Are you concerned about the farming methods and other processes that go into producing and growing food? More and more people are with you – there is a growing desire to know where our food comes from and to be more connected with it. Concerns about potentially unethical farming practices have prompted many people to become better shoppers and eat more ethically. Here are some steps you can take to make your table a more ethical one.
1. Find out where your food comes from. Make phone calls, do a search online, and don’t be afraid to ask questions. If a store is not transparent and forthright regarding its food’s origins, find somewhere else to shop. Local, smaller stores are probably less likely to give you the runaround, especially because the store’s owner is often readily available. Ask for the name and contact information of the store’s food supply sources. That way, you can research and contact the source directly rather than just taking the store’s word for it.
2. Organic food is produced without the use of synthetic, toxic pesticides, herbicides, or fungicides, making it a healthier and more environmentally-friendly choice. Because of the lack of poisons, organic food should be at the top of your ethical shopping list.
3. Free-range meats and dairy products are also worth looking into if you don’t morally object to eating animals and their products, but only object to cruel treatment in conventional stockyards, slaughterhouses, and dairy farms. Contact the company that sells the free-range meat or dairy products you want, and visit the site if possible. Make sure their practices are up to your personal ethical code. Free-range, organic meats are less likely to harbor dangerous bacteria, too, since their animals are not kept in overcrowded conditions.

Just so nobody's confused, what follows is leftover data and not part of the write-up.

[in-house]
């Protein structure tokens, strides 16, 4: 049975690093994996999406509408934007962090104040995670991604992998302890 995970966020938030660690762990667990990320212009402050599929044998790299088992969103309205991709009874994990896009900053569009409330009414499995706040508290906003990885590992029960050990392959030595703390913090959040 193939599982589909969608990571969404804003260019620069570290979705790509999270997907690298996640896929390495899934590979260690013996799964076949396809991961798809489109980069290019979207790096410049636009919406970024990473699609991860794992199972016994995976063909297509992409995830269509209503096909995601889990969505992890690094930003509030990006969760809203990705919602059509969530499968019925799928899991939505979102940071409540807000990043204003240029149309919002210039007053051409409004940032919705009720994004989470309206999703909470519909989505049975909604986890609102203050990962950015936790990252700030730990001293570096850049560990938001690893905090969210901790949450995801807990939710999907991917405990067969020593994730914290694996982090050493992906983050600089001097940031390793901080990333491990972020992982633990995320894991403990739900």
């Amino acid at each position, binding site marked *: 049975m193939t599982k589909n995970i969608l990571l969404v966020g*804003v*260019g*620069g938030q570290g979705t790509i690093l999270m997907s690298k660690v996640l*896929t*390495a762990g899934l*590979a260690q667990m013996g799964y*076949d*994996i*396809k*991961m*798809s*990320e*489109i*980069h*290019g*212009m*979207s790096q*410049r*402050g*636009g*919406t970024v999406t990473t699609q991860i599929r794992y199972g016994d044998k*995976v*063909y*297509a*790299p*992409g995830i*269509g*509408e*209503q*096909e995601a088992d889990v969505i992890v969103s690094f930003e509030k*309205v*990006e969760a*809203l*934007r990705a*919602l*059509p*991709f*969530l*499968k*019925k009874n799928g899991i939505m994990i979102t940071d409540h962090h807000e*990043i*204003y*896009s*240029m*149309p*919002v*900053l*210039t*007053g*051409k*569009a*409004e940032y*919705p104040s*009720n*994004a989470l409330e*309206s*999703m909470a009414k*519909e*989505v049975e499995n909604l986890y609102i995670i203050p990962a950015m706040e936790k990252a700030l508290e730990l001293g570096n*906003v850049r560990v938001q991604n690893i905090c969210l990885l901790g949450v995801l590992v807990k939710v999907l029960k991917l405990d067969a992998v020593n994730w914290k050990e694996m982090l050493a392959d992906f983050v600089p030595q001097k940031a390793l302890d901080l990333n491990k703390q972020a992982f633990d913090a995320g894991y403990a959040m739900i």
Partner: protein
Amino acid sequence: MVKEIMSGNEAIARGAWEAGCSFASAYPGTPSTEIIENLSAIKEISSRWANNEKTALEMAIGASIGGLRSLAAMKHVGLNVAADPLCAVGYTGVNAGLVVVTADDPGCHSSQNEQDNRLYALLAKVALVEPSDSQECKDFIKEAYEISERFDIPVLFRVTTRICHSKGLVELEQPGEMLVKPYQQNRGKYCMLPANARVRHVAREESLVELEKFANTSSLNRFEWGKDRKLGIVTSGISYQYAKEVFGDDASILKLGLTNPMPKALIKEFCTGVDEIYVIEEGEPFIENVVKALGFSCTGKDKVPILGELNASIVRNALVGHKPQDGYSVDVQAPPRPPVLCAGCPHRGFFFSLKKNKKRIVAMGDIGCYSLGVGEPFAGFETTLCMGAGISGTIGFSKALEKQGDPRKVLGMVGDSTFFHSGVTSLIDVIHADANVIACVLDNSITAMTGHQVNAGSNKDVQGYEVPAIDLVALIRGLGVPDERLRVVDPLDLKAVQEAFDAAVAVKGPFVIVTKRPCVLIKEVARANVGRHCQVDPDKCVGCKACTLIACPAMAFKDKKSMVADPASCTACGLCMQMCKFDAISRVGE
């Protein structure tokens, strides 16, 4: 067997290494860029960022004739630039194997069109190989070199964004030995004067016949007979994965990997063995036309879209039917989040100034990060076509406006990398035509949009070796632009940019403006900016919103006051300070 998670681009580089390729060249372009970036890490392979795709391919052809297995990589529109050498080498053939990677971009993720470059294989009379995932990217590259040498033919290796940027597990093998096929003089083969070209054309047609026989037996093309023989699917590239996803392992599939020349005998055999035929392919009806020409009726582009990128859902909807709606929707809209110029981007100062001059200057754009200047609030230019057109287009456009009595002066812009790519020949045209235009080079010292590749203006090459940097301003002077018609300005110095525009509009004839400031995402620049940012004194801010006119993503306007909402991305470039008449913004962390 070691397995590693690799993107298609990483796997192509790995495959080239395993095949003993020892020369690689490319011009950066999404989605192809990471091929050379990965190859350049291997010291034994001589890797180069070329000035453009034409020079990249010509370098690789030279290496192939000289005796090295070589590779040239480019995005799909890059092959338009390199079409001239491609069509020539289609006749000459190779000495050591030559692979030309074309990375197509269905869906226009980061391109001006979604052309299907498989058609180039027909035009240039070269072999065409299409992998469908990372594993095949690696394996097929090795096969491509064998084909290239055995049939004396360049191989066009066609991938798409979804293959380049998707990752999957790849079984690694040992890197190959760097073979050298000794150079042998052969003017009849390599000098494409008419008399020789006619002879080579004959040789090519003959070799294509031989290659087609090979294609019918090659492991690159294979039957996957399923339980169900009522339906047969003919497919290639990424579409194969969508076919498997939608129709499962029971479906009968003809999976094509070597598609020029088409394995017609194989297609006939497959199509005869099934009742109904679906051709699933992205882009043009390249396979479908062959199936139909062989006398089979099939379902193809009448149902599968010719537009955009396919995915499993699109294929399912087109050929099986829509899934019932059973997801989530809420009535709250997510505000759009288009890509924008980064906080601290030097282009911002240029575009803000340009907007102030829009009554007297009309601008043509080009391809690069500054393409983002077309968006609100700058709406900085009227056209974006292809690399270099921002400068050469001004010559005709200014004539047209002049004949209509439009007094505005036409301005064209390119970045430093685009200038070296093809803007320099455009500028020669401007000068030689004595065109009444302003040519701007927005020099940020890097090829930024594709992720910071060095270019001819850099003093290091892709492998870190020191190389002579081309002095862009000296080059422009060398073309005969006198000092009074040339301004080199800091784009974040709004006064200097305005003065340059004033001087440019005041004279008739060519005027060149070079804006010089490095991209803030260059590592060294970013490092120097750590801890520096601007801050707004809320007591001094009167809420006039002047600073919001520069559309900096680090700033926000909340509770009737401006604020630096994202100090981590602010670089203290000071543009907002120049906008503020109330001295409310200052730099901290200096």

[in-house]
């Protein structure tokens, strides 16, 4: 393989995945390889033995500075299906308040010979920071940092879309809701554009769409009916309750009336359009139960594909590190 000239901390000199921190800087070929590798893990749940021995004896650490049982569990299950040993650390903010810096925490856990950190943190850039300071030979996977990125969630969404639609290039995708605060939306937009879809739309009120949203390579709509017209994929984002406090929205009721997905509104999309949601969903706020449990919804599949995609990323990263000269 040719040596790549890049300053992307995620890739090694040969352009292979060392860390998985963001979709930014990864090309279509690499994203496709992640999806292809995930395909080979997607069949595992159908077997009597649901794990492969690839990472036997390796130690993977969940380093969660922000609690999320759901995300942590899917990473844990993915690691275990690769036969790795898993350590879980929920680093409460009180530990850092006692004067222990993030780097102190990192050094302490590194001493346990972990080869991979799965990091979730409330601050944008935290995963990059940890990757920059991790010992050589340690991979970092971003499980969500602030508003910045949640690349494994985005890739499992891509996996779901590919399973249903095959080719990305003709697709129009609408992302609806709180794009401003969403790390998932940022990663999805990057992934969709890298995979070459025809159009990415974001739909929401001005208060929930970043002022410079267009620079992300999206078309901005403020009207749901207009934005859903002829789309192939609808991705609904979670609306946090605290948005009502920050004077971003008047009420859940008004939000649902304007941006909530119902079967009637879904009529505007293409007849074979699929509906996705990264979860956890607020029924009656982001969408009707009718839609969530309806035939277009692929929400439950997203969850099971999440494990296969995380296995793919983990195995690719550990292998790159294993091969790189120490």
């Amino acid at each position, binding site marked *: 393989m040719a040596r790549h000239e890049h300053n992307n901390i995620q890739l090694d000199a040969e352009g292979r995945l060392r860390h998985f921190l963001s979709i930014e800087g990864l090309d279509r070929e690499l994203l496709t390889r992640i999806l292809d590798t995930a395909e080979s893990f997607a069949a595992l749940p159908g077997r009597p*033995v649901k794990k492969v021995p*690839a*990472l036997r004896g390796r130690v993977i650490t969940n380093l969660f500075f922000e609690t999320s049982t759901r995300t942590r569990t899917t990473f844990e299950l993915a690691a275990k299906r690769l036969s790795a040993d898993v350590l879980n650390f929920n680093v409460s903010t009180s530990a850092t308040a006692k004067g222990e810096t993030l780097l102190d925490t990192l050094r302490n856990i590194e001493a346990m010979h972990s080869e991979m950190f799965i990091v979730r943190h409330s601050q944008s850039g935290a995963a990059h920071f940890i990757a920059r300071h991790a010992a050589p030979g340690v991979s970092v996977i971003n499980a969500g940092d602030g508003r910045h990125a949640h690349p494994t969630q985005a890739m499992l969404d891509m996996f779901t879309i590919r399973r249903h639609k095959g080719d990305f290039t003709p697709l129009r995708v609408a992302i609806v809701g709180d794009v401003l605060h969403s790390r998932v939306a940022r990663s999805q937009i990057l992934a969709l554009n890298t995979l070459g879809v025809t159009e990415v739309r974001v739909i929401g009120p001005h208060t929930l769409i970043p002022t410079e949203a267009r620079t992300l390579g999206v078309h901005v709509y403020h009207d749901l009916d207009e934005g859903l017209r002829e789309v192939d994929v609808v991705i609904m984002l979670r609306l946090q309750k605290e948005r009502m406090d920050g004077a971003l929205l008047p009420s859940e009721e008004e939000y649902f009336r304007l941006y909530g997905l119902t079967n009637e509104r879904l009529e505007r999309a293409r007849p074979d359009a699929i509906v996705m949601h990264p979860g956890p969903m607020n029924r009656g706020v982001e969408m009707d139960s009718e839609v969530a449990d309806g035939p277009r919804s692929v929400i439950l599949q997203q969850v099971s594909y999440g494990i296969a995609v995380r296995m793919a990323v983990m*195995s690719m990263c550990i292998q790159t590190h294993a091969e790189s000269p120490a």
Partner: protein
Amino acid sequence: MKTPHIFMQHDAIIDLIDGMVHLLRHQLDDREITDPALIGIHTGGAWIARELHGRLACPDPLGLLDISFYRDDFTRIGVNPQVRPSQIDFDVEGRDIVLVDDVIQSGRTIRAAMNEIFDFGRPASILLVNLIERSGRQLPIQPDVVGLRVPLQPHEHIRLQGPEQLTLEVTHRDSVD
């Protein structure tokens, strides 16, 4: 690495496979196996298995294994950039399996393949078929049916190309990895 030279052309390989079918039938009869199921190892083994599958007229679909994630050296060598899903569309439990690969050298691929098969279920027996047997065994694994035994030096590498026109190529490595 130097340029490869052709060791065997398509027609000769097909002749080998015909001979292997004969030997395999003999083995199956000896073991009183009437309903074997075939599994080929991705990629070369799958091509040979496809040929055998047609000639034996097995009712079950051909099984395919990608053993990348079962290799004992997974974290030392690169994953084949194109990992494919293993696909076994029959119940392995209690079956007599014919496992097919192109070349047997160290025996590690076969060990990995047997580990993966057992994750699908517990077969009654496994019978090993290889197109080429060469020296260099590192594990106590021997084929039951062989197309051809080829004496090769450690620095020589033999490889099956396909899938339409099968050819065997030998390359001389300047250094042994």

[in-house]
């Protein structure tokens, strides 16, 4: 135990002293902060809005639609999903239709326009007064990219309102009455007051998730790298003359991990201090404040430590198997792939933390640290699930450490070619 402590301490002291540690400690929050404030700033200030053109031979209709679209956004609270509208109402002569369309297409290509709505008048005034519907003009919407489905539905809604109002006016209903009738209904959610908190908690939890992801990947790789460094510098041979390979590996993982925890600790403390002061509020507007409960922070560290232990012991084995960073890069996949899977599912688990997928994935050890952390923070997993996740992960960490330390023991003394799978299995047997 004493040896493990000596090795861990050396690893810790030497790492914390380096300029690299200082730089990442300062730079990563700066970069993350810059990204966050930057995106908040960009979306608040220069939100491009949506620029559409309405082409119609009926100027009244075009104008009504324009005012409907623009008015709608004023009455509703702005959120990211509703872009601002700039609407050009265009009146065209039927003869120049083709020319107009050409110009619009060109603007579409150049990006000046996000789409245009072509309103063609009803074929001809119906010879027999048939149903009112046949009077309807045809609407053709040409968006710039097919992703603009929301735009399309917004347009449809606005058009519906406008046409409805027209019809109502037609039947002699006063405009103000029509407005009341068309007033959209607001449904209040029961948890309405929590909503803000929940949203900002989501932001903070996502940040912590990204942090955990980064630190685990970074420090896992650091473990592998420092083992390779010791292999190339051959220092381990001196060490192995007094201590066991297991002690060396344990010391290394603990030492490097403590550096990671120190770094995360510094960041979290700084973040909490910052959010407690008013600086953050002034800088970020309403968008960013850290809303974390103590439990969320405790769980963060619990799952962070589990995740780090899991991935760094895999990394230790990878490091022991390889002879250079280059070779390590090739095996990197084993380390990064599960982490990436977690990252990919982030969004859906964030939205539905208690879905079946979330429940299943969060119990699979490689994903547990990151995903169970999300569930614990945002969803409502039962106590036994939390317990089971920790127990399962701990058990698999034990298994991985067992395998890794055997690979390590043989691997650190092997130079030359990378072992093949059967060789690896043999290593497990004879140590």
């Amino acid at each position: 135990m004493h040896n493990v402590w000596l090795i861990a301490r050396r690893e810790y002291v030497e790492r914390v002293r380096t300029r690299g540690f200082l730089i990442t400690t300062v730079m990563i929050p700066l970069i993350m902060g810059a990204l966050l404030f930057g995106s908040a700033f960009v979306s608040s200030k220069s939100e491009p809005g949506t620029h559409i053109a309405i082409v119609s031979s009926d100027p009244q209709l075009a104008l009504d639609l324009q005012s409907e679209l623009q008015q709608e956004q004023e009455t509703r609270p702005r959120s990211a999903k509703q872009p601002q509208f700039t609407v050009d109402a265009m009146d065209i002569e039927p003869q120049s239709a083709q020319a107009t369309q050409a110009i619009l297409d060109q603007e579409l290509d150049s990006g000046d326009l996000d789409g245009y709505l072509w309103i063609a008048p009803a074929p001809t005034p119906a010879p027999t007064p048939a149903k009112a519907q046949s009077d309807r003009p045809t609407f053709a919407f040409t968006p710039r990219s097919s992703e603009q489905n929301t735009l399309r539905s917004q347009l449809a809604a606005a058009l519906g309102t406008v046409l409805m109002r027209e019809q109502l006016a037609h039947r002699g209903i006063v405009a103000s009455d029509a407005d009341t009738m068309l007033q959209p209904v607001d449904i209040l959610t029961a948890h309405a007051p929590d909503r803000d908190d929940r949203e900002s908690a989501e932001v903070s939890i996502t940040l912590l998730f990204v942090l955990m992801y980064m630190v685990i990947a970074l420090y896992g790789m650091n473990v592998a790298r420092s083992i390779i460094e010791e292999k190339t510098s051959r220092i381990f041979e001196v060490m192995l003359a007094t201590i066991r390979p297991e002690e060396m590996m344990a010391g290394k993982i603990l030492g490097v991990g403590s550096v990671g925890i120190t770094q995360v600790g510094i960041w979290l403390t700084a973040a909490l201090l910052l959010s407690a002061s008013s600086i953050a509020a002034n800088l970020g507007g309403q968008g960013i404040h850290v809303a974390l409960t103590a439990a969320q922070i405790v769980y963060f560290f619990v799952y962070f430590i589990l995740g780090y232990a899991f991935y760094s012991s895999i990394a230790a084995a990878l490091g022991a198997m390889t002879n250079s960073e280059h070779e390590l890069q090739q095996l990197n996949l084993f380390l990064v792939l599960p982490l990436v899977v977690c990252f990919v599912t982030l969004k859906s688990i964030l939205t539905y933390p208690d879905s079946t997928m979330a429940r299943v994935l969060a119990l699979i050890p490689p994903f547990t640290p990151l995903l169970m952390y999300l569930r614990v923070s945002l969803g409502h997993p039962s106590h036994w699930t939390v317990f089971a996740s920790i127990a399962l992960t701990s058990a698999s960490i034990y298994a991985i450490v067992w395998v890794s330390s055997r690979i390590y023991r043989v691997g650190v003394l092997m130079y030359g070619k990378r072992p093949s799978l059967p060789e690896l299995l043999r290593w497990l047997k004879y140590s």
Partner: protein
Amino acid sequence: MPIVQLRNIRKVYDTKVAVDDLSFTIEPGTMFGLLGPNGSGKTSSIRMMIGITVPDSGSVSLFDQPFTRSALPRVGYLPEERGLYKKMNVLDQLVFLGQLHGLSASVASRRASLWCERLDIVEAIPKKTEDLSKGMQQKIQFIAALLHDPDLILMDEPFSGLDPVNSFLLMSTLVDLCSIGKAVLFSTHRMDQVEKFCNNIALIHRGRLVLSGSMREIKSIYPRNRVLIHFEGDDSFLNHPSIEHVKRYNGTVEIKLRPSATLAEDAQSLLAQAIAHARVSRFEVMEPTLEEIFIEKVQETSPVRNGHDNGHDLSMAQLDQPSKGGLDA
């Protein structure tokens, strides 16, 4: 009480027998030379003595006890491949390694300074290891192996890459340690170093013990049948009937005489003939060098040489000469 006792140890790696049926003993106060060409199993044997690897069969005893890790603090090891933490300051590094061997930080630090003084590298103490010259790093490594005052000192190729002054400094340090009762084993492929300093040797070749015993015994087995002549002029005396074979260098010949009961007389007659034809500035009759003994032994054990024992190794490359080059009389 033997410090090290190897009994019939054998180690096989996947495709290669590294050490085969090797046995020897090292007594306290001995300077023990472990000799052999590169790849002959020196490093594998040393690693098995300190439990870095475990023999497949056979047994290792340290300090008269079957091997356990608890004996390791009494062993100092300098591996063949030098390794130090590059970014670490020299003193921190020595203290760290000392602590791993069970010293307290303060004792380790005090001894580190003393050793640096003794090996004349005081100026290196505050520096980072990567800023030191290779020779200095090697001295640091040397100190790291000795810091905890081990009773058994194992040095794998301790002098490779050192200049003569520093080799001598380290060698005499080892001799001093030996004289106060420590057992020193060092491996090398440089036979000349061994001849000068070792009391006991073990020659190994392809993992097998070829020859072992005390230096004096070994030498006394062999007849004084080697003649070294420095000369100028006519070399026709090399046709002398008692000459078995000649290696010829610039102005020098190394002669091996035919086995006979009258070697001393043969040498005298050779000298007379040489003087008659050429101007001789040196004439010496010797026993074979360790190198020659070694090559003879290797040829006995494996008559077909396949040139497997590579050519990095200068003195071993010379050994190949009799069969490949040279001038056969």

4. Fish are healthy foods consumed even by some vegetarians. However, it pays to look into the source of your fish – is it farmed or wild-caught? Have dyes been added (particularly a problem with salmon)? Is the species of fish endangered? Are other species, such as dolphins, harmed in the fishing process? These are important questions to ask as you probe into the sources of your fish. Farmed fish may be more susceptible to bacterial contamination, since they are grown in crowded, contained ponds or containers rather than in open waters.
5. Grow or hunt your own food, or hook up with someone who does. Hunting is considered by many to be the ultimate source of free-range meat – certainly no questionable practices went into the raising of the animal, and a good hunter can be far more humane than conventional slaughterhouse techniques. Like the commercial farms, check into your hunter friend’s practices and see that they are ethical and humane. As for fish, the art and sport of fishing can be an enjoyable way to put healthy food on the table.
6. Growing your own vegetables and/or trading goods or services with a neighbor who has a garden are viable ways to stay connected with your food and know its source. Look into orchards and produce farms that have a “pick your own” option, too.